I was struck by a quote by Weber-Shandwick’s web maven Robert Ricci in today’s Times coverage of last week’s Word of Mouth Marketing Association confab in Orlando.
“‘…do not try to be stealthy… If you’re working on a video game, and you go onto a video gamer’s blog, let your contacts know that you are an employee of said company,” Mr. Ricci said while leading a session titled “How to Work with Bloggers and Communities, the Ethical Way.” “Always let them know what your intentions are up front.”
Perhaps it was the “60 Minutes” segment several years ago that exposed one firm’s insidious tactic of hiring foils to go to trendy bars to promote some hopeful beverage brand. Wasn’t this the future of word-of-mouth marketing? Does BzzAgent, which recently raised 14 million dollars in VC money, subscribe to “the ethical way” preached by Mr. Ricci? Is it acceptable to contact an influential blogger posing as a consumer to secure attention from said blogger? Just how prevalent is the practice of marketing by deception and who are its purveyors?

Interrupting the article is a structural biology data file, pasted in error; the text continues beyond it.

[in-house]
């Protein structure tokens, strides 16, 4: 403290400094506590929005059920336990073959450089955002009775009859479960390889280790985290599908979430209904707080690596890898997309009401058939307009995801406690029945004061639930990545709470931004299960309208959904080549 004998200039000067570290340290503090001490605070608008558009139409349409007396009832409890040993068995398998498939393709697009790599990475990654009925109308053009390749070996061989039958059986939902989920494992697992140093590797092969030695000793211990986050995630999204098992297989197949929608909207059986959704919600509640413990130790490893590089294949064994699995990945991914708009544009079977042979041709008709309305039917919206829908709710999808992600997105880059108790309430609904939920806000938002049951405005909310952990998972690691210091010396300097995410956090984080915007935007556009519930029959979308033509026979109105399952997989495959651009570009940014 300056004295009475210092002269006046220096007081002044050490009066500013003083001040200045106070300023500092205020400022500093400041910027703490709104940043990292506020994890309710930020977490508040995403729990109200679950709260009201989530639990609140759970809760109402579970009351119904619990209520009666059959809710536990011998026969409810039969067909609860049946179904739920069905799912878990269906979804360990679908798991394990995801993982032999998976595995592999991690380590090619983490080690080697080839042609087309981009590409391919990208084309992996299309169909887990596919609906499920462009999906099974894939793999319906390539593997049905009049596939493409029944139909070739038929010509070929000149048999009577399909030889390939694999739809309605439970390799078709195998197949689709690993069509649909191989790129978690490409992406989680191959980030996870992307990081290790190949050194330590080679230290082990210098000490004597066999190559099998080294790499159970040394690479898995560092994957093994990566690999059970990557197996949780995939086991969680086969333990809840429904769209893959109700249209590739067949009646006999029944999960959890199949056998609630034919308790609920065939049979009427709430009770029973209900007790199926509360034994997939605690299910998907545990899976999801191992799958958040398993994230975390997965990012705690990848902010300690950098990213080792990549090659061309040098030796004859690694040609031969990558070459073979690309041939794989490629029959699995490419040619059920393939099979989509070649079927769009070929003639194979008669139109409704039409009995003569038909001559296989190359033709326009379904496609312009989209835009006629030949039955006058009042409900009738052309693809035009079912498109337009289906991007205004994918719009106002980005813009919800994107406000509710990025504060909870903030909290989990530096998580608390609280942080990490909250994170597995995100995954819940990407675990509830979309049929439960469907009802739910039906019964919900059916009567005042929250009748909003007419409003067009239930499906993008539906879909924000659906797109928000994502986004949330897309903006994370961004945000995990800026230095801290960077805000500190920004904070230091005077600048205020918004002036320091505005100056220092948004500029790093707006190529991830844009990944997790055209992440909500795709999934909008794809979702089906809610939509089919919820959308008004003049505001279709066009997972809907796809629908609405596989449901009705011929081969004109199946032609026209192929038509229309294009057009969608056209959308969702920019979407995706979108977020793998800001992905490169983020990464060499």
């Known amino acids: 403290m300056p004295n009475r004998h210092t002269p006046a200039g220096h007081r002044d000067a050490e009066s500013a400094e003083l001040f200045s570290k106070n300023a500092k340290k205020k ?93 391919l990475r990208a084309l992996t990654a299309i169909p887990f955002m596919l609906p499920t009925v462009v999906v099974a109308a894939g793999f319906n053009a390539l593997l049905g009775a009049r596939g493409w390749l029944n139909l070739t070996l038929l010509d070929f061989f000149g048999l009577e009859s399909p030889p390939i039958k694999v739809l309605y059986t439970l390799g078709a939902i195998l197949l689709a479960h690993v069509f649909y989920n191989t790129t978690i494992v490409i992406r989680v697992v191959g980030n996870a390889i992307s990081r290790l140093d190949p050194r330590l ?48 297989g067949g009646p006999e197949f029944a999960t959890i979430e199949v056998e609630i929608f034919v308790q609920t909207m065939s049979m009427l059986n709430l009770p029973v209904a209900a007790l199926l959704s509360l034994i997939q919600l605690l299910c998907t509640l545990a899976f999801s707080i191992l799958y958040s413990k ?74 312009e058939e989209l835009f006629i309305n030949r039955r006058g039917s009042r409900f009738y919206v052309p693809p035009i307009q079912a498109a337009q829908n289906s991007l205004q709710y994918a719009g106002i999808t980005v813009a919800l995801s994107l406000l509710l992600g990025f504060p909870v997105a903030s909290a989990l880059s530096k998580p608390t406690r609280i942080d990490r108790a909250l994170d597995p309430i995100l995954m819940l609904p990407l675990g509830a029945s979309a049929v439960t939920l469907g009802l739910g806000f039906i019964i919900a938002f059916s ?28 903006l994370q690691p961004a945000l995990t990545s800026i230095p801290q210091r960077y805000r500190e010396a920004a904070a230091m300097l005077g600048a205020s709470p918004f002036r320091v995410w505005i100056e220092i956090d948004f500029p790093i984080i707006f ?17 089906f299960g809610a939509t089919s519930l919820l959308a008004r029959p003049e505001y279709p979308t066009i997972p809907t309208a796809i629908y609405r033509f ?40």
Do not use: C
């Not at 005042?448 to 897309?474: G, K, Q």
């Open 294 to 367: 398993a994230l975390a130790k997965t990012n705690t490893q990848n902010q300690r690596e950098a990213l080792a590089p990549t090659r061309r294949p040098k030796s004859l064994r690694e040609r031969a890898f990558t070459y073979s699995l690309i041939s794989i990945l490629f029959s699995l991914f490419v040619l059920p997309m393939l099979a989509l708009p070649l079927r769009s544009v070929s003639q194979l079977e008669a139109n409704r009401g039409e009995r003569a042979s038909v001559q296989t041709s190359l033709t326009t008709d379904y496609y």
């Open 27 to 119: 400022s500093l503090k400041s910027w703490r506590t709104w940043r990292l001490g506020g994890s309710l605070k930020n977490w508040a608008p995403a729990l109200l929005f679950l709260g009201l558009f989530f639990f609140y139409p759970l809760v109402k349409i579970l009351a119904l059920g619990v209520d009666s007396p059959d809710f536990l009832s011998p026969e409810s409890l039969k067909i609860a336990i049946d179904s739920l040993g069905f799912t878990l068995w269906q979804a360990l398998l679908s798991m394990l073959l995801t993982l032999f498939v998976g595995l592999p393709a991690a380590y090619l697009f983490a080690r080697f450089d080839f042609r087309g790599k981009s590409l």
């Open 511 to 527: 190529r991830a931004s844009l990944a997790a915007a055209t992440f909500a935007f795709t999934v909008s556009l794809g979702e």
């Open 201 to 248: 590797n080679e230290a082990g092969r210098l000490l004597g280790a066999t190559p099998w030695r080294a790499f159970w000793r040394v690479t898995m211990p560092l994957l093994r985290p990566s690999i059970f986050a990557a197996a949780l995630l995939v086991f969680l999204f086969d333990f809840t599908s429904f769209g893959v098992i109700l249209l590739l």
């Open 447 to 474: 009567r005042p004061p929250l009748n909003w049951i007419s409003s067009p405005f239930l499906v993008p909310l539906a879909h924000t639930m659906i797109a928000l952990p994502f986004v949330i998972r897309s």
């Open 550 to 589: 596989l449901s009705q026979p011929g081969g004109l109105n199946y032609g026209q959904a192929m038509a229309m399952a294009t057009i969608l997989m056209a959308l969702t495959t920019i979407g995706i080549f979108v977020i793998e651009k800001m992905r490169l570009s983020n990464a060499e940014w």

As the PR industry continues to grapple with who leads and who follows in the blogger dance, I was encouraged by Rob’s mandate that transparency should trump stealthiness. Let’s hope the word-of-mouth from his panel catches on.